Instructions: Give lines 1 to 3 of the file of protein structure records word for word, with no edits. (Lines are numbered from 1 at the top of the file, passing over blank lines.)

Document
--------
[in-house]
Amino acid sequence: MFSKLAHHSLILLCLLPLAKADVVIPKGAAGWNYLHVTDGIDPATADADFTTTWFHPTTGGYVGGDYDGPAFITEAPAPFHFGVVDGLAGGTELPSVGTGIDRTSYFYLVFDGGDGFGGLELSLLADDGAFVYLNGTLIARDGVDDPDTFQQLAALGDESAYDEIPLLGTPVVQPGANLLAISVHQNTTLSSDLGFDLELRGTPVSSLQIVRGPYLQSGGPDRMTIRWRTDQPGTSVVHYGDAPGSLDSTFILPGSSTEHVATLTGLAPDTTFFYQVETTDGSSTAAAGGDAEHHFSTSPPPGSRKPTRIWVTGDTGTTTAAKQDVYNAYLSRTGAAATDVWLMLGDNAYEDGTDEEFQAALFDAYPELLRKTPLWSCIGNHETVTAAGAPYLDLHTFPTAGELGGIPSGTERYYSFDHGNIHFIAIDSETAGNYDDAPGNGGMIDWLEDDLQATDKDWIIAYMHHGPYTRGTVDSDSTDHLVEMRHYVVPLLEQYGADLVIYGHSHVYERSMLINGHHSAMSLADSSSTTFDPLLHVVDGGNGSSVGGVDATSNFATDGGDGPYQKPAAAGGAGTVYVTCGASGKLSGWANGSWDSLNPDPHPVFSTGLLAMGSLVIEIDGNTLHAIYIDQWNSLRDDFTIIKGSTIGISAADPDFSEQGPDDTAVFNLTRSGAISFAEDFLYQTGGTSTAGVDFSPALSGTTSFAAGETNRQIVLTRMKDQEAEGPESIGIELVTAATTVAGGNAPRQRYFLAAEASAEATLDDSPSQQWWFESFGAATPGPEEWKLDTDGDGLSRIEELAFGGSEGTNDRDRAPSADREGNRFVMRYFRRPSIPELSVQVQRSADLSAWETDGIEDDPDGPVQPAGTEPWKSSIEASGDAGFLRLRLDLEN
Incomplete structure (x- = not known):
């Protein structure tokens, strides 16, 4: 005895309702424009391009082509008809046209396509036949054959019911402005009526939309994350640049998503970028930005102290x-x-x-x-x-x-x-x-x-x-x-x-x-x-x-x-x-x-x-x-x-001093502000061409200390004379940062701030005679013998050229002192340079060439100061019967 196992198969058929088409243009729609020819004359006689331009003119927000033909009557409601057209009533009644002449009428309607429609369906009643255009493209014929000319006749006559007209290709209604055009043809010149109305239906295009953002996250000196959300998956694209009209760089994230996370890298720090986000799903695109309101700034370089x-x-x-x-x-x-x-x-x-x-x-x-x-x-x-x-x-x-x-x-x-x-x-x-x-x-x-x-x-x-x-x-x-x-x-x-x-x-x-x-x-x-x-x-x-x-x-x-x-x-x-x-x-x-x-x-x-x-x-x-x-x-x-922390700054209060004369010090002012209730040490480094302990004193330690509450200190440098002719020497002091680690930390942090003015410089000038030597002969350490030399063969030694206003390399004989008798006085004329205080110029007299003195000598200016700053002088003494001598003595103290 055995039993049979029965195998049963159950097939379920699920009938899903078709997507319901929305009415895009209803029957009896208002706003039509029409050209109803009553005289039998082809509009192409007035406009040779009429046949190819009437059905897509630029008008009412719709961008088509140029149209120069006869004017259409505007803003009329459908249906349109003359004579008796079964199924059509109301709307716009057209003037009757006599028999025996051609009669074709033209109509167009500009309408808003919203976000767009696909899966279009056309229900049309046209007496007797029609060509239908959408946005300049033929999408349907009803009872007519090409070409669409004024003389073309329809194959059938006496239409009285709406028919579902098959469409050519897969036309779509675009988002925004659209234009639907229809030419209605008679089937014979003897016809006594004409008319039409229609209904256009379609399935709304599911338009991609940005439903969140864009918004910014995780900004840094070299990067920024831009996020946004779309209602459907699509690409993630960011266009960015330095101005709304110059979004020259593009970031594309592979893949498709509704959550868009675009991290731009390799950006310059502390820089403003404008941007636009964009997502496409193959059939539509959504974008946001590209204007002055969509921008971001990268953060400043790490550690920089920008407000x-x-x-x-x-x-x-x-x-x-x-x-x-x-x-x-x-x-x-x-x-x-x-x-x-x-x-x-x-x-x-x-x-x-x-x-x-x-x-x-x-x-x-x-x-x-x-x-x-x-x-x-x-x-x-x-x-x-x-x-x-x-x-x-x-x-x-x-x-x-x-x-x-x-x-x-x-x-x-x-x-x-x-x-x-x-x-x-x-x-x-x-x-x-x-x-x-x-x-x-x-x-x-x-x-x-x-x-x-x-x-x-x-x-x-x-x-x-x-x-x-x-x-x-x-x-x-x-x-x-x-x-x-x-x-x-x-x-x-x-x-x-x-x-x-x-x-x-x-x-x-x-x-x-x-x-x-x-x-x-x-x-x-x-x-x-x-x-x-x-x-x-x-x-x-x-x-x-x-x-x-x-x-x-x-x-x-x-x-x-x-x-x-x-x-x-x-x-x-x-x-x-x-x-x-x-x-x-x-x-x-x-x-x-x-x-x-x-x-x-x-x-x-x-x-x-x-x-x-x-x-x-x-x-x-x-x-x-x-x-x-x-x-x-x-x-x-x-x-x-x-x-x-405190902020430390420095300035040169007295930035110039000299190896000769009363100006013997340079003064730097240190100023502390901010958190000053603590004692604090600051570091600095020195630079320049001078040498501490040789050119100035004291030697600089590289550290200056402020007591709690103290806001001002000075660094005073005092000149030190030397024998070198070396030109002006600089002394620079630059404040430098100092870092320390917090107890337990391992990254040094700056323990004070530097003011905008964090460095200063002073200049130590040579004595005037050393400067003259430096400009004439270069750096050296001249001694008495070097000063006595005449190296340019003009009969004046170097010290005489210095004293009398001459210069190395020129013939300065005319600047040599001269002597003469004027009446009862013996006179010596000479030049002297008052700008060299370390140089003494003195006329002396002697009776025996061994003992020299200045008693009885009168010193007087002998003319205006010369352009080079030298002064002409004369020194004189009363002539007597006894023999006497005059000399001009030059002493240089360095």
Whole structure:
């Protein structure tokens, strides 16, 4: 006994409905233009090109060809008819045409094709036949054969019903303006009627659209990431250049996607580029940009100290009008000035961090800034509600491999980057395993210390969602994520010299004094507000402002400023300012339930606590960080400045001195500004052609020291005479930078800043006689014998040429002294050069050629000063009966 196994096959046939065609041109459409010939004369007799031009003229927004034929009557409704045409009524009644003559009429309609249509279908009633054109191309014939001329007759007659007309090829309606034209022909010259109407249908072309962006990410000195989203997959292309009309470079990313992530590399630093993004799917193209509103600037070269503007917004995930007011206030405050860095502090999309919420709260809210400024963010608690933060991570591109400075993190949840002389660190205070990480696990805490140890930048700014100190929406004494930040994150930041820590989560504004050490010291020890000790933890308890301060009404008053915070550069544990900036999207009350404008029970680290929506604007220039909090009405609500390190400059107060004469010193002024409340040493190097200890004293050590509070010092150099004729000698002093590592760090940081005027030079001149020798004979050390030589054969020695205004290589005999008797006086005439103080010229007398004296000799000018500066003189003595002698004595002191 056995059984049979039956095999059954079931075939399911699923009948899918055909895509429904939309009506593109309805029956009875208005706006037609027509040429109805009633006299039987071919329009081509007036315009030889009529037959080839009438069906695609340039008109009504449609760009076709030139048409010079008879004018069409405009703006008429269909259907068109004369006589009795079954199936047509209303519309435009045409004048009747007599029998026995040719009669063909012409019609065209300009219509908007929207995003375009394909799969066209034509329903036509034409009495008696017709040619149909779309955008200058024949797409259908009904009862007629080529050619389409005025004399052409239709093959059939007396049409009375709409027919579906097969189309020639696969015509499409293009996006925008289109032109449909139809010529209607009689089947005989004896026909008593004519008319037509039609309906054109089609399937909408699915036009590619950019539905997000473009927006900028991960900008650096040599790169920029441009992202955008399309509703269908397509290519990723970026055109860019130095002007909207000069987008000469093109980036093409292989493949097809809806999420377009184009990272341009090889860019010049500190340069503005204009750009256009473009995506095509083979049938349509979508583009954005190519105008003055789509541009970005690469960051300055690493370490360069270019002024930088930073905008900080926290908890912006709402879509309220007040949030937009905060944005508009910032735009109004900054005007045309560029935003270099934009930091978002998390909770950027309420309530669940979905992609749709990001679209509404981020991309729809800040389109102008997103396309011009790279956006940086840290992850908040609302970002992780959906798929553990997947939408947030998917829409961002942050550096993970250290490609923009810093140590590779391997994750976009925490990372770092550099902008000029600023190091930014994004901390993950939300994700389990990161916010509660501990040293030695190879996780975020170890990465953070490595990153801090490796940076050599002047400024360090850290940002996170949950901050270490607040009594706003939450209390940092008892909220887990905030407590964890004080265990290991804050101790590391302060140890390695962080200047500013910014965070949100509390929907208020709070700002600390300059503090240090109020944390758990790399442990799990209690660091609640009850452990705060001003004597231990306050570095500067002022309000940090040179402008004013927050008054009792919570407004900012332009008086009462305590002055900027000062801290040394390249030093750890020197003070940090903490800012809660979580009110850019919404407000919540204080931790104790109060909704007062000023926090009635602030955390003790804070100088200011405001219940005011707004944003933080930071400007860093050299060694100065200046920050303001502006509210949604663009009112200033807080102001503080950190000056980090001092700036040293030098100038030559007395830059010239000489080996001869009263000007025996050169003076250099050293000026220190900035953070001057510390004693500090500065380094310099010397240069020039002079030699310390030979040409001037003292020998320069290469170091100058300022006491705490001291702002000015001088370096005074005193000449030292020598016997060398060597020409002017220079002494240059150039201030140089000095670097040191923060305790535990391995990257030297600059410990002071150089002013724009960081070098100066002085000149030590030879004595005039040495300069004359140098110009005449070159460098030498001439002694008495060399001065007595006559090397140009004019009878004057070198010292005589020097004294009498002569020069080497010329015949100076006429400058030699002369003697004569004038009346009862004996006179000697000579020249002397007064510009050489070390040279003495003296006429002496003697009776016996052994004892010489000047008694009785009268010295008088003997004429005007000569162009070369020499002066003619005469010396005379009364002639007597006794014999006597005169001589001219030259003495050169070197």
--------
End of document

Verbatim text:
[in-house]
Amino acid sequence: MFSKLAHHSLILLCLLPLAKADVVIPKGAAGWNYLHVTDGIDPATADADFTTTWFHPTTGGYVGGDYDGPAFITEAPAPFHFGVVDGLAGGTELPSVGTGIDRTSYFYLVFDGGDGFGGLELSLLADDGAFVYLNGTLIARDGVDDPDTFQQLAALGDESAYDEIPLLGTPVVQPGANLLAISVHQNTTLSSDLGFDLELRGTPVSSLQIVRGPYLQSGGPDRMTIRWRTDQPGTSVVHYGDAPGSLDSTFILPGSSTEHVATLTGLAPDTTFFYQVETTDGSSTAAAGGDAEHHFSTSPPPGSRKPTRIWVTGDTGTTTAAKQDVYNAYLSRTGAAATDVWLMLGDNAYEDGTDEEFQAALFDAYPELLRKTPLWSCIGNHETVTAAGAPYLDLHTFPTAGELGGIPSGTERYYSFDHGNIHFIAIDSETAGNYDDAPGNGGMIDWLEDDLQATDKDWIIAYMHHGPYTRGTVDSDSTDHLVEMRHYVVPLLEQYGADLVIYGHSHVYERSMLINGHHSAMSLADSSSTTFDPLLHVVDGGNGSSVGGVDATSNFATDGGDGPYQKPAAAGGAGTVYVTCGASGKLSGWANGSWDSLNPDPHPVFSTGLLAMGSLVIEIDGNTLHAIYIDQWNSLRDDFTIIKGSTIGISAADPDFSEQGPDDTAVFNLTRSGAISFAEDFLYQTGGTSTAGVDFSPALSGTTSFAAGETNRQIVLTRMKDQEAEGPESIGIELVTAATTVAGGNAPRQRYFLAAEASAEATLDDSPSQQWWFESFGAATPGPEEWKLDTDGDGLSRIEELAFGGSEGTNDRDRAPSADREGNRFVMRYFRRPSIPELSVQVQRSADLSAWETDGIEDDPDGPVQPAGTEPWKSSIEASGDAGFLRLRLDLEN
Incomplete structure (x- = not known):